Updated November 4, 2020:

Business torts are wrongful actions performed against a business that causes harm to the business. Business torts may cause a loss of profits, loss of reputation, loss of business competitive advantage, loss of market share, and/or other types of losses. Business torts are also known as economic torts because they are often associated with losses of current or projected business profits.

Business torts may be committed intentionally (e.g., by a competitor business) or may be caused by negligent or reckless behavior by individuals or other businesses. Business torts may include conspiracy, trade libel, misrepresentation, negligence, and other civil offenses.

The legal recourse to a business tort is a civil suit in a court of law. In the suit, the defendant is the offending party, and the plaintiff is the harmed party. In a business tort case, the plaintiff must prove the following elements:

  1. The defendant had a responsibility (statutory or otherwise) to act in a certain manner
  2. The defendant did not uphold the responsibility
  3. The defendant's actions further caused the plaintiff a loss

In addition, the plaintiff must prove that the defendant's actions either were intentional or were negligent or reckless, as well as identify a specific law, contractual responsibility, or norm of behavior that the defendant breached. Finally, the plaintiff must prove that the defendant's actions caused a measurable loss.

The loss can be due to various types of misconduct, including malpractice, negligence, misrepresentation, theft of trade secrets, business disparagement, and so forth. The loss can also be caused by improper interference in the business interests or dealings of an individual or business. Losses can also include future, unrealized profits a business expects to lose as a result of a business tort.

Legal remedies to business torts may include the award of damages. Also, restraining orders and injunctions may be issued to inhibit a defendant from continuing to harm the plaintiff.

Types of Business Torts

Common types of business torts include:

Tortious Interference

Tortious interference is the deliberate and unlawful meddling with the contractual dealings of a business. One interpretation of tortious interference may be interfering with the economic expectations of a plaintiff by harming a business relationship.

Restraint of Trade

Restraint of trade is a common law doctrine that requires that businesses and individuals do not take actions or enter into agreements that would cause another business to cease being able to operate normally. For example, creating a raw materials conglomerate that refuses to sell necessary materials to specific manufacturers could be construed as restraint of trade. Exceptions to this common law doctrine may include lawful non-compete agreements.

Theft of Trade Secrets

Theft of trade secrets is the unlawful accessing of proprietary business information to acquire an improper competitive advantage over a business.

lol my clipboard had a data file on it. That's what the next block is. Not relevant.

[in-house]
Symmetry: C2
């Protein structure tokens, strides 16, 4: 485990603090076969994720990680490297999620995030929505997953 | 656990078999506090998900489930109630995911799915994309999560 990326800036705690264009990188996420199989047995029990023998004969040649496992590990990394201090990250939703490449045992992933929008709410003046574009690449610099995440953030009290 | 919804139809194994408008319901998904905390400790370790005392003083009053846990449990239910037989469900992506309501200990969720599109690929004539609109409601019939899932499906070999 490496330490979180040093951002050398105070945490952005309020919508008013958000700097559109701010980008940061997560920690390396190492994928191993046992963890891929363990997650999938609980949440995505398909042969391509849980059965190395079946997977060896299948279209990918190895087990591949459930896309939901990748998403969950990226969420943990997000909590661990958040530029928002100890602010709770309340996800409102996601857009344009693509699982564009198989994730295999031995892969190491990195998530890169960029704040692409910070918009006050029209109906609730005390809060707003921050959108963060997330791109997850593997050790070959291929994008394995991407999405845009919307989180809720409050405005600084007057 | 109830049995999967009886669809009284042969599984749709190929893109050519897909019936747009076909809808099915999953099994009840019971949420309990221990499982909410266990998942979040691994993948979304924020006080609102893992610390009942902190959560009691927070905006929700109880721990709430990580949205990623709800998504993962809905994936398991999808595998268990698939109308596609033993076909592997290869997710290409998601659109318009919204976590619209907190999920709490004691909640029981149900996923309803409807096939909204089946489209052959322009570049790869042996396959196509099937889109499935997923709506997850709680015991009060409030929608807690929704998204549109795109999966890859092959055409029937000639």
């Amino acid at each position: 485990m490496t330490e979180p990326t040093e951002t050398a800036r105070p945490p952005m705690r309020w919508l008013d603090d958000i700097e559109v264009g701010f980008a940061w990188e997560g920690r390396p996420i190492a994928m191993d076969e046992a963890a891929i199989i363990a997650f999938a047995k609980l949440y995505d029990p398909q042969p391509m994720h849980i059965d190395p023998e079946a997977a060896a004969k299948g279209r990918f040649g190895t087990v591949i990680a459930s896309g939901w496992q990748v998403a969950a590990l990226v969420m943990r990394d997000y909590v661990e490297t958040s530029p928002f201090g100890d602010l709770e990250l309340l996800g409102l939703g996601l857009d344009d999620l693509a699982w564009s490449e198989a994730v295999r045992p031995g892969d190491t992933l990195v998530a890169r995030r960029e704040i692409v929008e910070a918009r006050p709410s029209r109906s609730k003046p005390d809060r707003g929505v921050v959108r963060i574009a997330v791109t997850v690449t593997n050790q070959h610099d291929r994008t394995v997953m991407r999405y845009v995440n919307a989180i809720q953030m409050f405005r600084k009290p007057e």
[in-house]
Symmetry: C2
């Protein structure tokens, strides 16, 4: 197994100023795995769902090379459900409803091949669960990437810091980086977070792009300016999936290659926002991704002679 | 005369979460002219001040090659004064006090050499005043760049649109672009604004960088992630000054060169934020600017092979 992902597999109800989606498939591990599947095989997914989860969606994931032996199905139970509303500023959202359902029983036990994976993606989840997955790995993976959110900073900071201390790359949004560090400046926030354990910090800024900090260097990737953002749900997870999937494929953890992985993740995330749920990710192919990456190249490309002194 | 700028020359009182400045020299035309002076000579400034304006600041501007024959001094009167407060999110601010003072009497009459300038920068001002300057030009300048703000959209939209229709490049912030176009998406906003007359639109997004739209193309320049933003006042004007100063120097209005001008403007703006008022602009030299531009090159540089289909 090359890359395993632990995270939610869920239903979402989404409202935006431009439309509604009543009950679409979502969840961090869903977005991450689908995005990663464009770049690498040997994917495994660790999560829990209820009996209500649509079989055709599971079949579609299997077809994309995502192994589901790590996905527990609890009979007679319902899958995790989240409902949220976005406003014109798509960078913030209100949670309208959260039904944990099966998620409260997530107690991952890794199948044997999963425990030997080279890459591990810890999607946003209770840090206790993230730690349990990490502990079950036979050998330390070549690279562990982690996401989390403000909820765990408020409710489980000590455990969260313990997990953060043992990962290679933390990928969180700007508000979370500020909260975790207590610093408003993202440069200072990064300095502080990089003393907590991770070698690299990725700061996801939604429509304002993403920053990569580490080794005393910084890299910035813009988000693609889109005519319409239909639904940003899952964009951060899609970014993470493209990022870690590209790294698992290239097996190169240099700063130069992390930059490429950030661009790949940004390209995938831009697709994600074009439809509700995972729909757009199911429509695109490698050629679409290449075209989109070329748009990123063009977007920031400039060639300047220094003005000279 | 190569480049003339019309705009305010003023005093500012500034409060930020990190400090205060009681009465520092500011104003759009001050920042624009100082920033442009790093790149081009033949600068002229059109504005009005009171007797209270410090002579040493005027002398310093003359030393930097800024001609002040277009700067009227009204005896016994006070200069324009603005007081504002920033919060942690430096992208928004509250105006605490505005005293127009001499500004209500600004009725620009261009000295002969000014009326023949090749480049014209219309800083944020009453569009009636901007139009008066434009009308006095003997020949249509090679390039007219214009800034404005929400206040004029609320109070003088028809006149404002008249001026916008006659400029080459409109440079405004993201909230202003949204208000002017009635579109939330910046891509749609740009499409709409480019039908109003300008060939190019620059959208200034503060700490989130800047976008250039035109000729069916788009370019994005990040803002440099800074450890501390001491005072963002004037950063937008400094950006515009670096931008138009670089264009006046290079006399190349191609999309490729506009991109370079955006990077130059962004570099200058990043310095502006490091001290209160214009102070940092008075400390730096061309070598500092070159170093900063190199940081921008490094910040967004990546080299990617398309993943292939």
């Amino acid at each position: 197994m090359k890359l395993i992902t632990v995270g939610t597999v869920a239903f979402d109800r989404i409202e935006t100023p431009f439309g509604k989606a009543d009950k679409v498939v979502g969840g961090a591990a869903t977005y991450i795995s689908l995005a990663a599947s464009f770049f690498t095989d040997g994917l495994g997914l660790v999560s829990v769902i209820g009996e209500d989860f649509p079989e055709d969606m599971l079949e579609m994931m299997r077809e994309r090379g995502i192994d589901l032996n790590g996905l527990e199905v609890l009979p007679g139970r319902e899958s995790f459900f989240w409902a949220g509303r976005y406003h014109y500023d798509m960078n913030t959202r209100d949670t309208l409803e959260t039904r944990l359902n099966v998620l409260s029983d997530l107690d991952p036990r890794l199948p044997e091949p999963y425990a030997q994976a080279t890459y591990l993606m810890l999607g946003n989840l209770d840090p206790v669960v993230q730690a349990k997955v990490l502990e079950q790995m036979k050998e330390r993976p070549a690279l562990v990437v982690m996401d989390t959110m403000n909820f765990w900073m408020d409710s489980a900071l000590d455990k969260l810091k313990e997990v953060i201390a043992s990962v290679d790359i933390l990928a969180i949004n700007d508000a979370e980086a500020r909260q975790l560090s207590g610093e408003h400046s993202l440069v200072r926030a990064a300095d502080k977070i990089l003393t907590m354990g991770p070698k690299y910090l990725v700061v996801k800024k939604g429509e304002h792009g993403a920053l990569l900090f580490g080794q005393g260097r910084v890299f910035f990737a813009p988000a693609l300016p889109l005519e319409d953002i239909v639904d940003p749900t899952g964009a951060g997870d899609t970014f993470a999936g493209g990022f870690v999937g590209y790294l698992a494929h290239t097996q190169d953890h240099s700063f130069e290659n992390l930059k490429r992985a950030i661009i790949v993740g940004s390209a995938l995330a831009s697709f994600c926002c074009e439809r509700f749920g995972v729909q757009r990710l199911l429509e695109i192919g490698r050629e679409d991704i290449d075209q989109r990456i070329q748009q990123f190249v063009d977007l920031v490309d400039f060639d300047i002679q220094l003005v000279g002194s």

Fraudulent Misrepresentation

Fraudulent misrepresentation is the deliberate or reckless statement of falsehood designed to induce a party to enter into a contract. It’s a breach of a good faith agreement and is grounds for civil claims, rescission of a contract, and the award of damages.

Trade Libel

Trade libel is the publication of intentionally false information about the services or products of a business that causes a loss of revenue or profitability. Defamation of a business's products or services is a civil wrong.

Commercial Disparagement

Commercial disparagement is the intentional defamation of a business's reputation or property to cause harm to the business. Commercial disparagement is also a civil wrong.

Remedies for Business Torts

The remedies for business torts include the award of damages to cover pecuniary losses, and restraining orders and injunctions to stop damaging actions. With respect to pecuniary damages, losses incurred by a business must be calculatable with "reasonable certainty.”

For example, in a commercial disparagement case, losses may include income from prospective clients that chose, based on the disparagement, to not conduct business with the company. To maximize the awarded damages, thoroughly identify all real and potential injuries, and carefully calculate a monetary loss incurred from each injury.

A judge may also issue restraining orders and injunctions to require the offending party to ceasing its damaging actions. For example, the offending party may be required to take back defamatory and disparaging statements about a business. Also, the offending party may be required to sign non-compete agreements in the theft of trade secret cases. Further, restraining orders may be issued to prevent the offending party from interfering in future contracts and transactions of the plaintiff's business, in tortious interference cases.

If you need help with claiming a business tort or defending against a business tort claim, you can post your legal need on UpCounsel’s marketplace. UpCounsel accepts only the top 5 percent of lawyers to its site. Lawyers on UpCounsel come from law schools such as Harvard Law and Yale Law and average 14 years of legal experience, including work with or on behalf of companies like Google, Menlo Ventures, and Airbnb.